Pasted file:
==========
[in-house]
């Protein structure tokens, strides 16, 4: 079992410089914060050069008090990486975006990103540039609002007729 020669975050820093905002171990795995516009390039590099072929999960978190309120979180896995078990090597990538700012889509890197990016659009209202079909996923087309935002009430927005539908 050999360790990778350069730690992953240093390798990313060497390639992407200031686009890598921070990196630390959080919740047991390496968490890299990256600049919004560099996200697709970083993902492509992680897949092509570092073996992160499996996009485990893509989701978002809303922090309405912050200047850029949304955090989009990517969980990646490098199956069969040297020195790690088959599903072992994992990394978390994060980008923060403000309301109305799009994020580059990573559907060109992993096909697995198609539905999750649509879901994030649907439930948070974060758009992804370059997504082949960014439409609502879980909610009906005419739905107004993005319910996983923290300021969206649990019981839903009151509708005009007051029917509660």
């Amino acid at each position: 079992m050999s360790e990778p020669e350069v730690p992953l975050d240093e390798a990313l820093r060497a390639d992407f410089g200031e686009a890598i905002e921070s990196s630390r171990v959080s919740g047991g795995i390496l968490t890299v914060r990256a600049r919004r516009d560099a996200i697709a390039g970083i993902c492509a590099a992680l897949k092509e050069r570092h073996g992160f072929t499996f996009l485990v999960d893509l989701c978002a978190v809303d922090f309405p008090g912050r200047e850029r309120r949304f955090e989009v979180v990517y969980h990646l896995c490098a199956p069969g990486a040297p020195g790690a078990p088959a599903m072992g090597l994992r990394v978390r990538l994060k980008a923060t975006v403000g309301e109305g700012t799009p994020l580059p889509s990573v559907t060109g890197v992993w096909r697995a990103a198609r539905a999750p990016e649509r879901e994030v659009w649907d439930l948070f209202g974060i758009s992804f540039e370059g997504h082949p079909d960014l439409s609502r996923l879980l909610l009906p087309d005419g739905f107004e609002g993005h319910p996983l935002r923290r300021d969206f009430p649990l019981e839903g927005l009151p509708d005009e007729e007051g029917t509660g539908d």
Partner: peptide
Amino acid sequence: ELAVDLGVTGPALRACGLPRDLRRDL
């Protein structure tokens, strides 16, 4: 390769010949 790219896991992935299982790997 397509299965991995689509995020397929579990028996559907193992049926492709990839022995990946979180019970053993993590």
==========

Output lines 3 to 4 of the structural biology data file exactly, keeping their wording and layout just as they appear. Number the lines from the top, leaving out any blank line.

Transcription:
């Amino acid at each position: 079992m050999s360790e990778p020669e350069v730690p992953l975050d240093e390798a990313l820093r060497a390639d992407f410089g200031e686009a890598i905002e921070s990196s630390r171990v959080s919740g047991g795995i390496l968490t890299v914060r990256a600049r919004r516009d560099a996200i697709a390039g970083i993902c492509a590099a992680l897949k092509e050069r570092h073996g992160f072929t499996f996009l485990v999960d893509l989701c978002a978190v809303d922090f309405p008090g912050r200047e850029r309120r949304f955090e989009v979180v990517y969980h990646l896995c490098a199956p069969g990486a040297p020195g790690a078990p088959a599903m072992g090597l994992r990394v978390r990538l994060k980008a923060t975006v403000g309301e109305g700012t799009p994020l580059p889509s990573v559907t060109g890197v992993w096909r697995a990103a198609r539905a999750p990016e649509r879901e994030v659009w649907d439930l948070f209202g974060i758009s992804f540039e370059g997504h082949p079909d960014l439409s609502r996923l879980l909610l009906p087309d005419g739905f107004e609002g993005h319910p996983l935002r923290r300021d969206f009430p649990l019981e839903g927005l009151p509708d005009e007729e007051g029917t509660g539908d």
Partner: peptide